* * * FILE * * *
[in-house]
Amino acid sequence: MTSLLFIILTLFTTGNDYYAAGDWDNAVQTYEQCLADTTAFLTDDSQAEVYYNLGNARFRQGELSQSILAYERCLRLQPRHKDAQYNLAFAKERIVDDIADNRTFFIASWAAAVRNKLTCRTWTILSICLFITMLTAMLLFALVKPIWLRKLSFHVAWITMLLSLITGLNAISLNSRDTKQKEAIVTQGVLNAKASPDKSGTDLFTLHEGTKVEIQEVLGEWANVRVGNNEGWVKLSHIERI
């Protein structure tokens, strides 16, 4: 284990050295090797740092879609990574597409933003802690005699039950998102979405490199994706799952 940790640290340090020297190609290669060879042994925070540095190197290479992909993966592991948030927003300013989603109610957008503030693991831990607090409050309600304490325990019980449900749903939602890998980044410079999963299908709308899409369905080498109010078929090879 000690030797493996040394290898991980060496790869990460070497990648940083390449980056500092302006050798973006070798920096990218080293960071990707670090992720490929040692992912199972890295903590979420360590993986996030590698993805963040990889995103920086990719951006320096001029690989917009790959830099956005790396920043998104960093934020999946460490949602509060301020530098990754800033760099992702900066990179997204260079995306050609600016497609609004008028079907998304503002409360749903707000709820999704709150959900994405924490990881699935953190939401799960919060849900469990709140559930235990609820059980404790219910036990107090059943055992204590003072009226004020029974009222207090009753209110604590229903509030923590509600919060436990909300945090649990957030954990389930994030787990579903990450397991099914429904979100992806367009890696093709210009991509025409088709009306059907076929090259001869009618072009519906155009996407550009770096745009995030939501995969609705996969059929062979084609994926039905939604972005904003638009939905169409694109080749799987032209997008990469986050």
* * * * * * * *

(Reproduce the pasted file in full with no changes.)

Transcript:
[in-house]
Amino acid sequence: MTSLLFIILTLFTTGNDYYAAGDWDNAVQTYEQCLADTTAFLTDDSQAEVYYNLGNARFRQGELSQSILAYERCLRLQPRHKDAQYNLAFAKERIVDDIADNRTFFIASWAAAVRNKLTCRTWTILSICLFITMLTAMLLFALVKPIWLRKLSFHVAWITMLLSLITGLNAISLNSRDTKQKEAIVTQGVLNAKASPDKSGTDLFTLHEGTKVEIQEVLGEWANVRVGNNEGWVKLSHIERI
């Protein structure tokens, strides 16, 4: 284990050295090797740092879609990574597409933003802690005699039950998102979405490199994706799952 940790640290340090020297190609290669060879042994925070540095190197290479992909993966592991948030927003300013989603109610957008503030693991831990607090409050309600304490325990019980449900749903939602890998980044410079999963299908709308899409369905080498109010078929090879 000690030797493996040394290898991980060496790869990460070497990648940083390449980056500092302006050798973006070798920096990218080293960071990707670090992720490929040692992912199972890295903590979420360590993986996030590698993805963040990889995103920086990719951006320096001029690989917009790959830099956005790396920043998104960093934020999946460490949602509060301020530098990754800033760099992702900066990179997204260079995306050609600016497609609004008028079907998304503002409360749903707000709820999704709150959900994405924490990881699935953190939401799960919060849900469990709140559930235990609820059980404790219910036990107090059943055992204590003072009226004020029974009222207090009753209110604590229903509030923590509600919060436990909300945090649990957030954990389930994030787990579903990450397991099914429904979100992806367009890696093709210009991509025409088709009306059907076929090259001869009618072009519906155009996407550009770096745009995030939501995969609705996969059929062979084609994926039905939604972005904003638009939905169409694109080749799987032209997008990469986050």